Since an ear, nose, and throat doctor is considered a specialist, it is typical to have a referral from your primary care doctor before seeing one. This depends on your insurance and whether they require a referral to see a specialist.  Most PPO insurance plans do not require a referral.  Depending on the situation and the insurance company covering the visit, you may or may not need a referral.

Typically, you will fill out paperwork that gives the doctor an outline of your current health and health history during the first appointment. You will list any medications you take and how often you take them. Once the doctor has a clear idea of who you are and why you are there, they will thoroughly examine your ears, nose, and throat.

 Depending on the examination findings, the doctor will move forward with any further examinations or treatments that you might need.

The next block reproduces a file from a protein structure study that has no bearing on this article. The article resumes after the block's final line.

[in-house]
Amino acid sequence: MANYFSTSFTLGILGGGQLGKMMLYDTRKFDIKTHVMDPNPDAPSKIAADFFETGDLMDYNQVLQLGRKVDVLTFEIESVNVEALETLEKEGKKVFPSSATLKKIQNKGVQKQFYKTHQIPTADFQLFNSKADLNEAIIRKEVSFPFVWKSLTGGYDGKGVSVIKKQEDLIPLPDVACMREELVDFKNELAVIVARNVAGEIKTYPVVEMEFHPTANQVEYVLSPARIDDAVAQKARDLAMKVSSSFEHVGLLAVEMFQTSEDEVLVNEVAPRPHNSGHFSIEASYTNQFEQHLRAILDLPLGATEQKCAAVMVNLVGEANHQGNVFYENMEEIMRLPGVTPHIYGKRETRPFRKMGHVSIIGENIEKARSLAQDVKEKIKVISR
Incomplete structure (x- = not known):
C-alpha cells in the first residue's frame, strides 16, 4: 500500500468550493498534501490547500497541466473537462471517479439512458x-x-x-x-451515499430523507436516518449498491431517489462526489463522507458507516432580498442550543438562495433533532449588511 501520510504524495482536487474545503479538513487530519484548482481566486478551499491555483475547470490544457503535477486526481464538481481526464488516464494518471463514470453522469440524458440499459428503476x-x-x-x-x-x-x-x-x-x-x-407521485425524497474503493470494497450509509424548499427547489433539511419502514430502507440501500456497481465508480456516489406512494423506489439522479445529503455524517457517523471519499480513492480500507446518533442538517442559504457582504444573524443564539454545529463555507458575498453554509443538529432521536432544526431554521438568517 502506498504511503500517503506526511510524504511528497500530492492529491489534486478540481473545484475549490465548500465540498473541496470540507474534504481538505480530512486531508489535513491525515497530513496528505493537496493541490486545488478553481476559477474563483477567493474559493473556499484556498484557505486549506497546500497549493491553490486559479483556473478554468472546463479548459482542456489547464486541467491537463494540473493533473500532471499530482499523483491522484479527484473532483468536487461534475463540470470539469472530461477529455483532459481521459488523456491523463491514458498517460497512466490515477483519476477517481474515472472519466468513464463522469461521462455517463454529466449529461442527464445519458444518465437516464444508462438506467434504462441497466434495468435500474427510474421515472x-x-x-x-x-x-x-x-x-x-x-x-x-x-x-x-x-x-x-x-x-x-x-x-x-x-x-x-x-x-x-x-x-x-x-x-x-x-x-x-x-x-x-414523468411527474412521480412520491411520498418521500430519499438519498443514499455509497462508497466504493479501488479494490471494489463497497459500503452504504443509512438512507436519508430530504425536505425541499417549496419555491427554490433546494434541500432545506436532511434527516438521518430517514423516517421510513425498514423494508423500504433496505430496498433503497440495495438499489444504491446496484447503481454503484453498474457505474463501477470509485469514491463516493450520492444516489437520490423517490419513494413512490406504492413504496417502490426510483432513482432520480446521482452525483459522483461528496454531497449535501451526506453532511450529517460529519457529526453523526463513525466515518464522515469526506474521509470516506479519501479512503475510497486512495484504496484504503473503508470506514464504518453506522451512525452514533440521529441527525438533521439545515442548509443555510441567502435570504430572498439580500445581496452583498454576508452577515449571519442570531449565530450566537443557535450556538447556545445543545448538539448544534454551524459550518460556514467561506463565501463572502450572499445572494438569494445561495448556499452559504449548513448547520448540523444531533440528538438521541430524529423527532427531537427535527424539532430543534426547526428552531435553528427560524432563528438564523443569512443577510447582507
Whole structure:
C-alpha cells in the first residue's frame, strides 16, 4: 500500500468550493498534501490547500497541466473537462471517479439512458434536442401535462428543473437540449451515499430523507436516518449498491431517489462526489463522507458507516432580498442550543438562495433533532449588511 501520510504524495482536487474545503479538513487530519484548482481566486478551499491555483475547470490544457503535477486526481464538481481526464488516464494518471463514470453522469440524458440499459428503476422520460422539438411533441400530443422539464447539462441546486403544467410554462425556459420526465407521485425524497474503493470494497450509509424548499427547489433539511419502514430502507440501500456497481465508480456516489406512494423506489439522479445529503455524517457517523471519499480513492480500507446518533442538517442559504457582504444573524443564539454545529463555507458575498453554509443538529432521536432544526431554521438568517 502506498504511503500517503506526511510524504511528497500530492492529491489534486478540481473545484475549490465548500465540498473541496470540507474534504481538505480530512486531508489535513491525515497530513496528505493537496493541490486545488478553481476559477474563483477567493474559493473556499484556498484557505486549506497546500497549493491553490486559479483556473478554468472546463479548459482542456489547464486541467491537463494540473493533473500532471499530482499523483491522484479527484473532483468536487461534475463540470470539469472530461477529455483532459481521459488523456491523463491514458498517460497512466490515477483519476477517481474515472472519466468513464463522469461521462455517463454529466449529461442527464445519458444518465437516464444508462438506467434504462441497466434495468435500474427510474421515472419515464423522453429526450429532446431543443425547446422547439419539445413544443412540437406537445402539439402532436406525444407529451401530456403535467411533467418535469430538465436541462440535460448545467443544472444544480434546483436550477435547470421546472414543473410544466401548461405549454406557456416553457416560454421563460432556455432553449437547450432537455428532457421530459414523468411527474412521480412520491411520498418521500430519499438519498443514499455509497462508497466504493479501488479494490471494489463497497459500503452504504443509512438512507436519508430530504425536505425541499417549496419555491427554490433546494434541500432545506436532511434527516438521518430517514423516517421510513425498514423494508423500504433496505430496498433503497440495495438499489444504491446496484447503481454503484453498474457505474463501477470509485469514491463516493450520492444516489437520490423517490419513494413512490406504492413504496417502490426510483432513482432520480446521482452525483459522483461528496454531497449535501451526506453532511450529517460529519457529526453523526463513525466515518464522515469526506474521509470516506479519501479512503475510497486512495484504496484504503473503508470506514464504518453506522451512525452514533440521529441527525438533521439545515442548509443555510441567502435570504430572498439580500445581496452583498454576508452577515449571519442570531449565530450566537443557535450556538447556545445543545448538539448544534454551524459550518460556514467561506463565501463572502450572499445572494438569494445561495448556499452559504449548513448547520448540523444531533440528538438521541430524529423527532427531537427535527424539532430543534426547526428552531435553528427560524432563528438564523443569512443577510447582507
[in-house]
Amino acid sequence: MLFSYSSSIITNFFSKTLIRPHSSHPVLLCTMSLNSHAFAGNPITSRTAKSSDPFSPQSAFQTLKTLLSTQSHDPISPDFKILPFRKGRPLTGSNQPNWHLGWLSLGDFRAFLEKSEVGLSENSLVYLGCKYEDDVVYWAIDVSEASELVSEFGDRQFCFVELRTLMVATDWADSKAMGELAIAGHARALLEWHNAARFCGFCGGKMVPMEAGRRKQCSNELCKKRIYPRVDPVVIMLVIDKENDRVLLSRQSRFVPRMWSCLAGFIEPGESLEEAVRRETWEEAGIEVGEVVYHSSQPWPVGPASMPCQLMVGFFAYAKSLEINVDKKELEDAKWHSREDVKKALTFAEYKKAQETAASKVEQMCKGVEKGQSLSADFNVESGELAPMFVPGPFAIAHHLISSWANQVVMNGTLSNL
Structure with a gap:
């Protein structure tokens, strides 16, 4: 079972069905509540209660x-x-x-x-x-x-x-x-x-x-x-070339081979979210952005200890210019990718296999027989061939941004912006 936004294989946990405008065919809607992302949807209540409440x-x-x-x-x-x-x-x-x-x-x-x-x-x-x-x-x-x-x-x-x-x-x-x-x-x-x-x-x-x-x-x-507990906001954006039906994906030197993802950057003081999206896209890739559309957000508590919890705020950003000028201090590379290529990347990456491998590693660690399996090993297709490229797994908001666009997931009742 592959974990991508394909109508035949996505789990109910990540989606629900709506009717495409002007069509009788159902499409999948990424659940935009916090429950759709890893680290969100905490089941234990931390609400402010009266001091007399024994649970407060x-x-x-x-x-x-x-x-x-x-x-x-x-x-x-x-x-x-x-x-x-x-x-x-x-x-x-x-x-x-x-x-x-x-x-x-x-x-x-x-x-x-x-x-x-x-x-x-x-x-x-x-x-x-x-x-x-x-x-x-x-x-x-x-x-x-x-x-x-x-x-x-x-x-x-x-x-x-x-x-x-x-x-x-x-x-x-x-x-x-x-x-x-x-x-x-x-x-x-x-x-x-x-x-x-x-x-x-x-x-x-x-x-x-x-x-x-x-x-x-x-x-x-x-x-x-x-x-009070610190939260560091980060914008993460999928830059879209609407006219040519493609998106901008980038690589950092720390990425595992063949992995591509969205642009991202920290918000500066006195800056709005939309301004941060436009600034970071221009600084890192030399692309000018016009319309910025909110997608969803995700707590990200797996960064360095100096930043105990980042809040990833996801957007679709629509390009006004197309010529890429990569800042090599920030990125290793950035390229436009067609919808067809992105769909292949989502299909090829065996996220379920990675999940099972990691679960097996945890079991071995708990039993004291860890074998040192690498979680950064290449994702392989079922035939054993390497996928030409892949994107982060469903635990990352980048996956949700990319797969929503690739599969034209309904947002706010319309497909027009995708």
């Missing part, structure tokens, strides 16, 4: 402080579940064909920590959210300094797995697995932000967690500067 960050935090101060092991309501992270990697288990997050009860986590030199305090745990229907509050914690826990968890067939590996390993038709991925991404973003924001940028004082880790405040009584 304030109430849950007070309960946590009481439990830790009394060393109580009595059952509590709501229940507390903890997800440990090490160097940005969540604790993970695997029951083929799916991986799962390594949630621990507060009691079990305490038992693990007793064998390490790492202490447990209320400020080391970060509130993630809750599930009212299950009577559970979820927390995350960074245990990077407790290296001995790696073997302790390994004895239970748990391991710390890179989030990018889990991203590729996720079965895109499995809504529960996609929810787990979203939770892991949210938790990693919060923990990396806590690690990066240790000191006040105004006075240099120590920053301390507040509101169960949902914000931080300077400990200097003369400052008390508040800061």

Depending on the severity of the earwax buildup and what is causing it, the doctor can remove wax in several different ways. In most cases, the specialist can use a hand-sized, curved instrument called a curette inserted into the ear canal and used to pull out any loose wax.

Another popular way that a doctor can remove ear wax is to put loosening drops into the ear, and after a 20-minute wait, they use a bulb or a large syringe with warm water to rinse the ear canal and gently force the wax away.

Otolaryngologists, also called ear, nose, and throat or ENT specialists, treat diseases and injuries affecting the ear, nose, and throat, as well as the head and neck, including allergies and colds, acute or chronic sinus infections, head and neck injuries, snoring, and sleep apnea.